The EPR spectroelectrochemistry study described above was extended to H3bpeten (L1) and the [MnII(Hbpeten)] complex (1). As expected from the cyclic voltammograms, no spectral change could be observed in the –1.800 V region, suggesting that the above described redox process is associated with the nitro group in the phenolic moiety. In the case of L2, as the molecule is unsymmetric, the nitro group at the same side of the pyridine group can probably be reduced before the one located at the side of the 2-hydroxyethyl residue.

Theoretical study

The analyses of the frontier orbitals of H3bnbpeten using DFT calculations allowed the determination of the energy of the frontier orbitals at –0.337 (HOMO–1), -0.314 (HOMO), -0.207 (LUMO) and -0.205 hartree (LUMO+1), as well as the mapping of the electronic density distribution of these orbitals in the molecule. The HOMO is mainly localized on the ethylenediamine and saturated substituents, while the LUMO is centered on the nitrophenol group in the pyridyl group side and the LUMO+1 is mainly localized on the nitrophenol group in the hydroxyethyl side (Figure 4). Thus, a strong participation of the nitro group and the phenolate ring is suggested, in agreement with the EPR spectroelectrochemistry data. This result reinforces the hypothesis that the unpaired electron in the reduced free H3bnbpeten and the respective manganese(II) complex is localized on the nitro group of the pyridyl side. Similar results were obtained using the HF method and the 6-31G (d,p) basis set, reinforcing the validity of our theoretical calculations.



The validity of the method was also confirmed by carrying out the theoretical calculation for the symmetric H2bbpen-NO2 ([N,N’-bis-(2-hydroxy-5-nitro-benzyl)-N,N’-bis-(pyridine-2-methyl) ethylenediamine]) molecule using the DFT method and the same basis set. As expected, the LUMO orbital had a similar contribution from both nitrophenol groups (Figure 5b), in contrast with the H3bnbpeten ligand, where the contribution was asymmetric, in agreement with EPR spectroelectrochemistry results. On the other hand, the HOMO orbital (Figure 5a) in both the symmetric and asymmetric molecules showed a similar electronic density distribution over the molecule, with no significant contribution from the nitrophenol groups.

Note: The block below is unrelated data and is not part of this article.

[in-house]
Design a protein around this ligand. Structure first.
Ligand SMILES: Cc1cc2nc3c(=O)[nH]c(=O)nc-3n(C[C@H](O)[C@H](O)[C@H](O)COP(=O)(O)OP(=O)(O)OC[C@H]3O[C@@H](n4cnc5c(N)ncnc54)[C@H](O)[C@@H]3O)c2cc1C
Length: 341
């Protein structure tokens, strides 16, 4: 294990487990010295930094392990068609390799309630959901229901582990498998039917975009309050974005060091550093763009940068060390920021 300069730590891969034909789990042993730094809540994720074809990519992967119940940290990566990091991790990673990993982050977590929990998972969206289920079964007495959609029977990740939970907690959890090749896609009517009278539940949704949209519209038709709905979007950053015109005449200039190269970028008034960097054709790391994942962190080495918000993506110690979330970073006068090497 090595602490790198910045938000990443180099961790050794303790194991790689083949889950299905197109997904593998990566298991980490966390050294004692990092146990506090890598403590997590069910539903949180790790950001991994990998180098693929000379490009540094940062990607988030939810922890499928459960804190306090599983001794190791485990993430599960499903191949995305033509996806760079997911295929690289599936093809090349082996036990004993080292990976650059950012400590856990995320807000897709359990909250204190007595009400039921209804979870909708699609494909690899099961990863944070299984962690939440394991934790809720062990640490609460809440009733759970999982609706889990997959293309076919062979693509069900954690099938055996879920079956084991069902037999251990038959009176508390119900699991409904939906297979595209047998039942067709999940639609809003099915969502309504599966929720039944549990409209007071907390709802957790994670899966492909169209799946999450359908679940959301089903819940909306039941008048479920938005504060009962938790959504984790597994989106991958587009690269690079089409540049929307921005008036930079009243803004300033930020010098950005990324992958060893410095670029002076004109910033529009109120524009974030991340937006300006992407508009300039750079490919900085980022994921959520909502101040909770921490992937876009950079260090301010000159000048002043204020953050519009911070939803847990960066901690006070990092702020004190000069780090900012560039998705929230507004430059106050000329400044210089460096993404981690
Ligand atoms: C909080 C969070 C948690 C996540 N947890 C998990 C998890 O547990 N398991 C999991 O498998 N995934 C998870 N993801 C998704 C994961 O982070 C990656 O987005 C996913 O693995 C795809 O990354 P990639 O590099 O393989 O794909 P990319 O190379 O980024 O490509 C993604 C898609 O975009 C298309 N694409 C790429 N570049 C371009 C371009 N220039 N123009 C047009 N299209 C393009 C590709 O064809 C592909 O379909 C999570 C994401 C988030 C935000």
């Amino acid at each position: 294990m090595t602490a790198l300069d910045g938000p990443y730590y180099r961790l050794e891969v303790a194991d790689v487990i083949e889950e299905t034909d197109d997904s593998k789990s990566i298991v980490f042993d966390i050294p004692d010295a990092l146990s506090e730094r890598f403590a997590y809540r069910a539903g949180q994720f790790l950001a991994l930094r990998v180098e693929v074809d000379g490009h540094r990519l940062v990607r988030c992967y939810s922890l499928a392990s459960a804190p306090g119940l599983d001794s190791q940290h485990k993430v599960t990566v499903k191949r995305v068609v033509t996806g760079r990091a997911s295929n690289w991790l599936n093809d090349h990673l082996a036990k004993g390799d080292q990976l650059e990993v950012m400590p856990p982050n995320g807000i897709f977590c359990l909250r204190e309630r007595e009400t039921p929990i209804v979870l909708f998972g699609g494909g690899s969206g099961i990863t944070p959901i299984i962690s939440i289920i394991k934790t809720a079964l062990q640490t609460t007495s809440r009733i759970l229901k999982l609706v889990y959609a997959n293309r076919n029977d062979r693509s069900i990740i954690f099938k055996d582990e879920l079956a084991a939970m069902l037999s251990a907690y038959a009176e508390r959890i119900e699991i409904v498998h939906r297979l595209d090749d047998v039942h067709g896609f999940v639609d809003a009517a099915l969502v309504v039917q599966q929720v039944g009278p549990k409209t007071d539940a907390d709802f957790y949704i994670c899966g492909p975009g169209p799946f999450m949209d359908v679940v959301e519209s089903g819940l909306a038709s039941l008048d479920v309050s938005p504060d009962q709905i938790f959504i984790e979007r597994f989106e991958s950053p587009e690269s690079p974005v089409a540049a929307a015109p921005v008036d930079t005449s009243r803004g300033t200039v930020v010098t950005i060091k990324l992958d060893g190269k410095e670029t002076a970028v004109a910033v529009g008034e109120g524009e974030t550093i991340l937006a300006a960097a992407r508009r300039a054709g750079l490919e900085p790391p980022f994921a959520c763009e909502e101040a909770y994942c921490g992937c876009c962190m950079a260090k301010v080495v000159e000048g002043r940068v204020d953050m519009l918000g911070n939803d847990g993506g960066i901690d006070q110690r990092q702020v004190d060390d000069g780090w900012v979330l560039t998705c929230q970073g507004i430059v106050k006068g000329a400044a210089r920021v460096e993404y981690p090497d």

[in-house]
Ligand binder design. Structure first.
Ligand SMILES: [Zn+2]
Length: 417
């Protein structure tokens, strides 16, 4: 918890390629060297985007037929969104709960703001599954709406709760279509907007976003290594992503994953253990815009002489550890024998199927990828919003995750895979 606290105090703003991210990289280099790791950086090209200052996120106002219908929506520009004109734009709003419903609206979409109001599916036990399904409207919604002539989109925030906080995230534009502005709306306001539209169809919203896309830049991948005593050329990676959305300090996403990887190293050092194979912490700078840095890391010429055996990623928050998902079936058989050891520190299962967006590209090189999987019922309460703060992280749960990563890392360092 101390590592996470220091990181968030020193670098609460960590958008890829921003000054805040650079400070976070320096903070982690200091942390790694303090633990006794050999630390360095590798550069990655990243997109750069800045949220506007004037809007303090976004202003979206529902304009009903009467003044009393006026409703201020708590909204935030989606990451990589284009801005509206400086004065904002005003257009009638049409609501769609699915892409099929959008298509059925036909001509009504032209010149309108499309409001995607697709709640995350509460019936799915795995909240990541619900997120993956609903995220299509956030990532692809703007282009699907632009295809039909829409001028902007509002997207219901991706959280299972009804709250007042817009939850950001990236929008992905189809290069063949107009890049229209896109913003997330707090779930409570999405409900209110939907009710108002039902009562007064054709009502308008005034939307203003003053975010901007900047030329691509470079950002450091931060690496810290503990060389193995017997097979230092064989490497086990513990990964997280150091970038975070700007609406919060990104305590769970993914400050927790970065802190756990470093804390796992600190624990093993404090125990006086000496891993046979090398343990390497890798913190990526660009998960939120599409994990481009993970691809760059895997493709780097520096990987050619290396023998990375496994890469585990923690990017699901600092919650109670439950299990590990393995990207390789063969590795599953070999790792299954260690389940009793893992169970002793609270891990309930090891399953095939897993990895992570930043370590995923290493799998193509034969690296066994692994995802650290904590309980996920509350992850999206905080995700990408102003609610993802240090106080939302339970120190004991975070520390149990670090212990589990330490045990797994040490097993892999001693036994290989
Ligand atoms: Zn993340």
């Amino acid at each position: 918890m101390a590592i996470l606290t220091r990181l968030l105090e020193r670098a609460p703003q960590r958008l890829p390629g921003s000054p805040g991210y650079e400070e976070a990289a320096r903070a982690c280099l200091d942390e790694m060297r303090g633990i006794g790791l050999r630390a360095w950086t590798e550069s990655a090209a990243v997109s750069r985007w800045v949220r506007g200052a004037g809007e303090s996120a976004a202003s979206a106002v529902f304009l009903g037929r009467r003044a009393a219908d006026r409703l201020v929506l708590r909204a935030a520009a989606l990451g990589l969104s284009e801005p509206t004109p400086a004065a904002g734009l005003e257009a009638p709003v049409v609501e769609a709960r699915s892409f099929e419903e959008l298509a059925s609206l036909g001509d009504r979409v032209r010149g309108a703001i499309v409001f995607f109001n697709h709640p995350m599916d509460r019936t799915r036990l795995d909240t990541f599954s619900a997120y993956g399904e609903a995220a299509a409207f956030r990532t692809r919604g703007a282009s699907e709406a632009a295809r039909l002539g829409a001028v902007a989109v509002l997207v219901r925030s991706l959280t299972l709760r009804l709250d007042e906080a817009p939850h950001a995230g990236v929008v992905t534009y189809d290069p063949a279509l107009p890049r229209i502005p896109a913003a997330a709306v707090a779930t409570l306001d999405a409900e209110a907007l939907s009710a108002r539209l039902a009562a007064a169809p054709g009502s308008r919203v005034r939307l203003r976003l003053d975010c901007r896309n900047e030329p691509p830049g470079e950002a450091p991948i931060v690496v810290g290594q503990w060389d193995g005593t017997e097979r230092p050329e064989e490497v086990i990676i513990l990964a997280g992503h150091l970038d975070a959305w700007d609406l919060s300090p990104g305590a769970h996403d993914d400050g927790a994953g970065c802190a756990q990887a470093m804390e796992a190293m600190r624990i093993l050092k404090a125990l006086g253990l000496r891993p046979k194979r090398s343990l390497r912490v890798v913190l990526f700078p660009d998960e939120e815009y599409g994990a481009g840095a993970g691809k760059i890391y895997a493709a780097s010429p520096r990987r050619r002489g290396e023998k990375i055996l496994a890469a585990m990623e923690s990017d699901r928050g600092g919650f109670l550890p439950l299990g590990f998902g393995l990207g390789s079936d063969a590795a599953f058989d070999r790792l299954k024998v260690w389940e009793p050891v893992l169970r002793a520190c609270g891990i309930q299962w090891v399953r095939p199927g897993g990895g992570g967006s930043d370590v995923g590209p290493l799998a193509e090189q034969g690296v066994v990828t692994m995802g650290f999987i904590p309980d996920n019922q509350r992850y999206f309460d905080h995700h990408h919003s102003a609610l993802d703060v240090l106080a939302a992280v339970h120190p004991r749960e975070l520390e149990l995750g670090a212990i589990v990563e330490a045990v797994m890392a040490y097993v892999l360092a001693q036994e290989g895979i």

Two Mn2+ complexes containing two polyfunctional ligands, one symmetric bearing two phenol moieties (L1) and one asymmetric, with electron-withdrawing –NO2 groups bound to the phenol rings (L2), were prepared and characterized electrochemically and spectroscopically. The infrared, UV-Vis and EPR spectroscopy results, as well as the conductivimetry, elemental analysis and electrochemistry results were in agreement with the formation of manganese(II) complexes, whose proposed structures are presented in Figure 6.



The spectroelectrochemical studies of the free ligands and their respective manganese(II) complexes evidenced that the nitro group shifted the redox potentials by up to about 0.100 V, and was responsible for the appearance of a new quasi-reversible wave at -1.800 V, attributed to a monoelectronic process involving the nitrophenol moiety. The localization of the electron on the nitro and nitrophenol groups in complex 2 and in L2, respectively, was confirmed by EPR spectroelectrochemistry.

Thus, a potential of -2.0 V was applied to both compounds at different intervals of time. After 30 s, a three-line signal that can be assigned to a free radical localized on the nitro group, appeared in the middle of the typical manganese(II) signal. In the same reducing conditions, the free L2 presented an eighteen-line spectrum, due to the electronic spin interaction with the nuclear spins of the nitrogen atom of the nitro group, of two orto-hydrogen atoms and of one hydrogen atom bound to the meta-carbon atom relative to the nitro group. Accordingly, the electrochemistry and EPR espectroelectrochemistry data are consistent with the reduction of the nitro group bound to one of the phenol moieties of the free H3bnbpeten and the respective manganese(II) complex. This result was confirmed by DFT calculations that showed a major contribution of the nitrophenol group to the LUMO, indicating that the method can be used to predict some of the electronic properties of these compounds.


Supplementary Information

Supplementary information is available free of charge at, as PDF file.



This work was supported by grants from CNPq, Fundação Araucária, UFPR/TN, PADCT, FAPERJ, Fundação Universitária José Bonifácio and Fundação José Pelúcio Ferreira.



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Received: February 25, 2009
Web Release Date: February 11, 2010